NIGHT, by Elie Wiesel. 120 pages. Hill and Wang paperback
This would be a good time to read -- or reread -- Elie Wiesel’s “Night,” always keeping in mind that all memoirs of the concentration camps were written by survivors, almost always those who, for one reason or another, got less severe treatment.
Elie Wiesel, for example, spent his first months at Auschwitz-Birkenau in an undemanding slave labor job sorting parts in an electrical factory.
Things got worse later and he barely pulled through.
The world did not want to hear such stories in the ‘50s, and it took a campaign by Francois Mauriac to find a publisher for “Night” in France. There was even less interest, and no academician to mount a campaign, in English-speaking countries.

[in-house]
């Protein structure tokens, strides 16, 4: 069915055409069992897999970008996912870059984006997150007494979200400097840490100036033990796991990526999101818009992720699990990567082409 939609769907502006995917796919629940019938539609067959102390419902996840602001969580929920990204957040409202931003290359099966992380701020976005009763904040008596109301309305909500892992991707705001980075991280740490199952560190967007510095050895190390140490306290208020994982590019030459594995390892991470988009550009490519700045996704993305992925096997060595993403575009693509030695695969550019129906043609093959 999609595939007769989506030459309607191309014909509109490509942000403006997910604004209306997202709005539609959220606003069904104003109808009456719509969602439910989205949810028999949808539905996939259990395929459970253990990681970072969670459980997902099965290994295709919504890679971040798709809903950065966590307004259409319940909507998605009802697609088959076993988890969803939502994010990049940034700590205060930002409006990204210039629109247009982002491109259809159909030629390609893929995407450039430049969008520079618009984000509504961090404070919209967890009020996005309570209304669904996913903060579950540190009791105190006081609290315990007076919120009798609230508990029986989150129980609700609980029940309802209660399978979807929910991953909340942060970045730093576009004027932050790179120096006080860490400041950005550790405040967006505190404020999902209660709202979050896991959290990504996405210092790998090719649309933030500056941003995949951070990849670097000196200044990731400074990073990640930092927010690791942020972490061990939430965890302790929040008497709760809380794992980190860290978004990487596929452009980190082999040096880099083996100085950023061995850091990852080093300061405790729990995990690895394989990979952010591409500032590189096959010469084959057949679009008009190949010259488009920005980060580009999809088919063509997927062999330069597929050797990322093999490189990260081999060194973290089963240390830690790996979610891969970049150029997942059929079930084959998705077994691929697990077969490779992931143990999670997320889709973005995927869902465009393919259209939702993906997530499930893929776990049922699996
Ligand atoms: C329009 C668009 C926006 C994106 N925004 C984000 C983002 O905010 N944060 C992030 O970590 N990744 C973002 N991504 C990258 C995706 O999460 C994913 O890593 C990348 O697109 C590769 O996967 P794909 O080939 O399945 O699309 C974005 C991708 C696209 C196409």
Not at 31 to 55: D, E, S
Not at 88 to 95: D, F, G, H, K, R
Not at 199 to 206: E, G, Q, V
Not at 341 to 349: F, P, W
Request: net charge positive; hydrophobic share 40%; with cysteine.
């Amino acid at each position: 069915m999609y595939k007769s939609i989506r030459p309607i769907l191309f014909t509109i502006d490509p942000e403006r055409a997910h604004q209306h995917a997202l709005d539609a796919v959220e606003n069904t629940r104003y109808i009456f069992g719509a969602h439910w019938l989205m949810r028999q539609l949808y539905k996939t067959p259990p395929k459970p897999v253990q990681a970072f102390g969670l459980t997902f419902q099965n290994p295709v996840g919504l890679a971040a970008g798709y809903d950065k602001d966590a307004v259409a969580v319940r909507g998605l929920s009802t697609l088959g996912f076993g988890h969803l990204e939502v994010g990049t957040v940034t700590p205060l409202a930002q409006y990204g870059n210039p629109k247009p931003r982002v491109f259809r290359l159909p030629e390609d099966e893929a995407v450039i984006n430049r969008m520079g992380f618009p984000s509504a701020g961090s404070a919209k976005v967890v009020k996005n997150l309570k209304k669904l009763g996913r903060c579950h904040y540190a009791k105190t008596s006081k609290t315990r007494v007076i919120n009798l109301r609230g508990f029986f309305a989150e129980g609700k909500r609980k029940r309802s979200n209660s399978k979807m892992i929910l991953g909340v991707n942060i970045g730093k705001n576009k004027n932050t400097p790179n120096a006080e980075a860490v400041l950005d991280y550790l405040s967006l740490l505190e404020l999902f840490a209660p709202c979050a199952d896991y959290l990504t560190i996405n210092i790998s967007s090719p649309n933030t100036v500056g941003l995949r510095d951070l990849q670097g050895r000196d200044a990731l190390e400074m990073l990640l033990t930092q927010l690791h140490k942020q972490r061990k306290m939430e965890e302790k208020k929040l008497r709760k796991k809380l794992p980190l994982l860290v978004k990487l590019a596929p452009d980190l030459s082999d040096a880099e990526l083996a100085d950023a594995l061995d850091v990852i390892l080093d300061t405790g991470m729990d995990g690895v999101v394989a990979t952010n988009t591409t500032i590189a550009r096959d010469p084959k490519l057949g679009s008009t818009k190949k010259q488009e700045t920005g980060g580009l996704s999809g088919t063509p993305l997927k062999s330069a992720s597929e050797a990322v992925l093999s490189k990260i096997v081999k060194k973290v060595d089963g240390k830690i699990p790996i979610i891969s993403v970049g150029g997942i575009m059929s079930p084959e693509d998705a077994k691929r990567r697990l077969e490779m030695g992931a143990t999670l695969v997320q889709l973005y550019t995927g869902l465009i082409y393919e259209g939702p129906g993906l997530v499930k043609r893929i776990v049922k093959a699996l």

Now, “Night” is famous, taught in schools, but one is left wondering exactly what impact is has. My copy was originally owned by a high school girl, and she left notes that make me doubt whether the power of the spare narrative, so evident to me, was felt by her. Apparently not.
In a late foreward, written to accompany a new translation by his wife, Wiesel asks himself why he wrote the book and, characteristically, remains uncertain. But we understand why we read them, at least as grownups.
“Night” is not about Jews but about Germans. By extension, about Palestinians, which is why now is a good time to read or reread it.